Assistant reservoir manager Wayne Ley said people have been visiting what used to be Monument City and have found artifacts.
    "They've found old door knobs, different things you could find around a house, maybe a coin or two," Ley told Lafayette television station WLFI.
    "Normally, this is under several feet of water," he said.
    Graves located in area cemeteries were moved elsewhere, he said, but some unmarked graves were washed away and are now being discovered in strange places.
    "Usually bones are found by fishermen who are fishing along the shore, and they'll look down and they'll see some bones," Ley said.
    Boaters using the reservoir are being warned to use caution because old house foundations, roads and other parts of the underwater towns not completely visible could present an unseen danger.
    "I've worked here 34 years, and this has never happened before," Ley said.
    The town might stay uncovered for some time. The latest U.S. Seasonal Drought Outlook report, released by the National Weather Service on Thursday, indicated drought conditions will likely continue.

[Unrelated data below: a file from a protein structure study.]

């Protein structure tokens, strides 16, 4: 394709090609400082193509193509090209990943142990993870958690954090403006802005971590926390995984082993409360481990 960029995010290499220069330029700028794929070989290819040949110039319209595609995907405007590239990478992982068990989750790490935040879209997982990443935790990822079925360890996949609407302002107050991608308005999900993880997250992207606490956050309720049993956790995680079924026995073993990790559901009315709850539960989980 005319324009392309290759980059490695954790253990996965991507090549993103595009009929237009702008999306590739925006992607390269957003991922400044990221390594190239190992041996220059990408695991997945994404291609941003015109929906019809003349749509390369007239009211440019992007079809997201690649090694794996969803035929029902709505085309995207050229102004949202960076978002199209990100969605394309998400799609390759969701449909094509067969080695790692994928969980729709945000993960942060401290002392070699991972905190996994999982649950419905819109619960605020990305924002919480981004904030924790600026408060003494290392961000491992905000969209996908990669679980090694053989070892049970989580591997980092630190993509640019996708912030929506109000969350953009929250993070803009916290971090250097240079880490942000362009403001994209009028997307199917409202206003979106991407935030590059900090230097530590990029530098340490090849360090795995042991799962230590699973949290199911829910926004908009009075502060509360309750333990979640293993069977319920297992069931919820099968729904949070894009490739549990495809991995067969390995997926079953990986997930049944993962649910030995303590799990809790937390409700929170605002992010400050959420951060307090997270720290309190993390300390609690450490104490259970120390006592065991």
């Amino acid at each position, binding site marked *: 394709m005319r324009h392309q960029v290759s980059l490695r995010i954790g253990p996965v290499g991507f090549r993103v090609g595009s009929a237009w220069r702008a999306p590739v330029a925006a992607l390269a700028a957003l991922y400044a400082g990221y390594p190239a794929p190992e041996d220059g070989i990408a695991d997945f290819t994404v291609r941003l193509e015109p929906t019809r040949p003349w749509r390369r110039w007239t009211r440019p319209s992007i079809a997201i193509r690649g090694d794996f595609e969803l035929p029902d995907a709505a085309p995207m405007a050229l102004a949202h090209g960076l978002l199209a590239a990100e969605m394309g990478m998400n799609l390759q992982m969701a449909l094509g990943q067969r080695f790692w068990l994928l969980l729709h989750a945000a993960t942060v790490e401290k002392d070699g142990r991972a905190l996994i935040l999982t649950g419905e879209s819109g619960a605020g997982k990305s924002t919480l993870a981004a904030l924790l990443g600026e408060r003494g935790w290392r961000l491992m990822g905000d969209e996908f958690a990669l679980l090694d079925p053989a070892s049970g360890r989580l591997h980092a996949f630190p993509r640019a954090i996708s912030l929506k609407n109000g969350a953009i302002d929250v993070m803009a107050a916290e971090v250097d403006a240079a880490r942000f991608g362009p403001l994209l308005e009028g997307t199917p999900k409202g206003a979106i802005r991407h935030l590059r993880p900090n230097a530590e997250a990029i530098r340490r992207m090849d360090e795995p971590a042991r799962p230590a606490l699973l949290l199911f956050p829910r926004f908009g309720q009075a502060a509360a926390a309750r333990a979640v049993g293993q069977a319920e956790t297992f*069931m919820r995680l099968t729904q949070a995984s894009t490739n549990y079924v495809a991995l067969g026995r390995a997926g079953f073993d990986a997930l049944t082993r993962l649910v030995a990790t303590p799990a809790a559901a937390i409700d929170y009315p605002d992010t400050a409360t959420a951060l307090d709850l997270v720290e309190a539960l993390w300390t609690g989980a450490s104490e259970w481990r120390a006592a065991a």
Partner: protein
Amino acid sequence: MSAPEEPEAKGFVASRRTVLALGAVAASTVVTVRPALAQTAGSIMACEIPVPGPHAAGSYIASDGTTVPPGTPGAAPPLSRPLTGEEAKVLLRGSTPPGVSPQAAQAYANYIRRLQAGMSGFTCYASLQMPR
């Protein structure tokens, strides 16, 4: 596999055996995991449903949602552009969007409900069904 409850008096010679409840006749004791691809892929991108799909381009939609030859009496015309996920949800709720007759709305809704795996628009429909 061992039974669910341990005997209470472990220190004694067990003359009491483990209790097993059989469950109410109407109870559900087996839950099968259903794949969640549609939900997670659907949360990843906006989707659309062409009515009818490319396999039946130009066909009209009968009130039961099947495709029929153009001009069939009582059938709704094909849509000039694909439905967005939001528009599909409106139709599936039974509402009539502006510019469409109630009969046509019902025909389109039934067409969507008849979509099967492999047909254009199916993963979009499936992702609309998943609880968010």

The Associated Press contributed to this report.
    You know, I think I would rather be a man than a god . We don't need anyone to believe in us. We just keep going anyhow. It's what we do.

  6. #33
    Olympic Champ r.payton@att.net's Avatar
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    Default Re: Indianapolis ties record for dry spell

    The warmest month recorded in Indianapolis history is over. If you think July's combination of blistering heat and scant rainfall made Central Indiana feel like a desert wasteland, there's a reason.
    It was.
    Based on weather statistics, Indianapolis felt a lot like Page, Ariz.
    The small town, about five hours north of Phoenix in the heart of "Canyon Country," had a daily average temperature of about 84.6 degrees in July.
    It saw about an inch of rain, with even less in June.
    Sound familiar?
    Indianapolis' average temperature in July hovered around 84 degrees, the highest on record.
    Slightly more than 0.8 of an inch of rain fell in Indianapolis last month. The month before set a record for being the city's driest June ever recorded, with 0.09 of an inch of rain.
    But Page has a climate-based excuse for why it's so hot and dry. The low rainfall amounts are because of a rain shadow, or dry area, on the southern Arizona mountains that blocks moisture from the Pacific Ocean from reaching the town.